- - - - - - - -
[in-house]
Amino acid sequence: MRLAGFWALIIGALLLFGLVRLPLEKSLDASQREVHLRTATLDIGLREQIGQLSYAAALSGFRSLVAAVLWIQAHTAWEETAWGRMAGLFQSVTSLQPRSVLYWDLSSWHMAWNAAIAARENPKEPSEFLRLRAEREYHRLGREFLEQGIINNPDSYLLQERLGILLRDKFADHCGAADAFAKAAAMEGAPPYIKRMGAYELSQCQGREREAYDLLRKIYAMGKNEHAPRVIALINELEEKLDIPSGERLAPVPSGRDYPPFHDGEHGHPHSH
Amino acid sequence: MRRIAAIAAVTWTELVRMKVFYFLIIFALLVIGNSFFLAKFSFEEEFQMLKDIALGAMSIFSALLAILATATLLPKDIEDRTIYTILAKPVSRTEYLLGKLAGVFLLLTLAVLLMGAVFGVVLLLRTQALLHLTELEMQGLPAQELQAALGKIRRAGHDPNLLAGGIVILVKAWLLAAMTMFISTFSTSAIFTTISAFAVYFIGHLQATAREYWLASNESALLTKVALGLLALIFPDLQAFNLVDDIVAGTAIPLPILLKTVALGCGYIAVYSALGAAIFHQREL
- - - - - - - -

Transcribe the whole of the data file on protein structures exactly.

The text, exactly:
[in-house]
Amino acid sequence: MRLAGFWALIIGALLLFGLVRLPLEKSLDASQREVHLRTATLDIGLREQIGQLSYAAALSGFRSLVAAVLWIQAHTAWEETAWGRMAGLFQSVTSLQPRSVLYWDLSSWHMAWNAAIAARENPKEPSEFLRLRAEREYHRLGREFLEQGIINNPDSYLLQERLGILLRDKFADHCGAADAFAKAAAMEGAPPYIKRMGAYELSQCQGREREAYDLLRKIYAMGKNEHAPRVIALINELEEKLDIPSGERLAPVPSGRDYPPFHDGEHGHPHSH
Amino acid sequence: MRRIAAIAAVTWTELVRMKVFYFLIIFALLVIGNSFFLAKFSFEEEFQMLKDIALGAMSIFSALLAILATATLLPKDIEDRTIYTILAKPVSRTEYLLGKLAGVFLLLTLAVLLMGAVFGVVLLLRTQALLHLTELEMQGLPAQELQAALGKIRRAGHDPNLLAGGIVILVKAWLLAAMTMFISTFSTSAIFTTISAFAVYFIGHLQATAREYWLASNESALLTKVALGLLALIFPDLQAFNLVDDIVAGTAIPLPILLKTVALGCGYIAVYSALGAAIFHQREL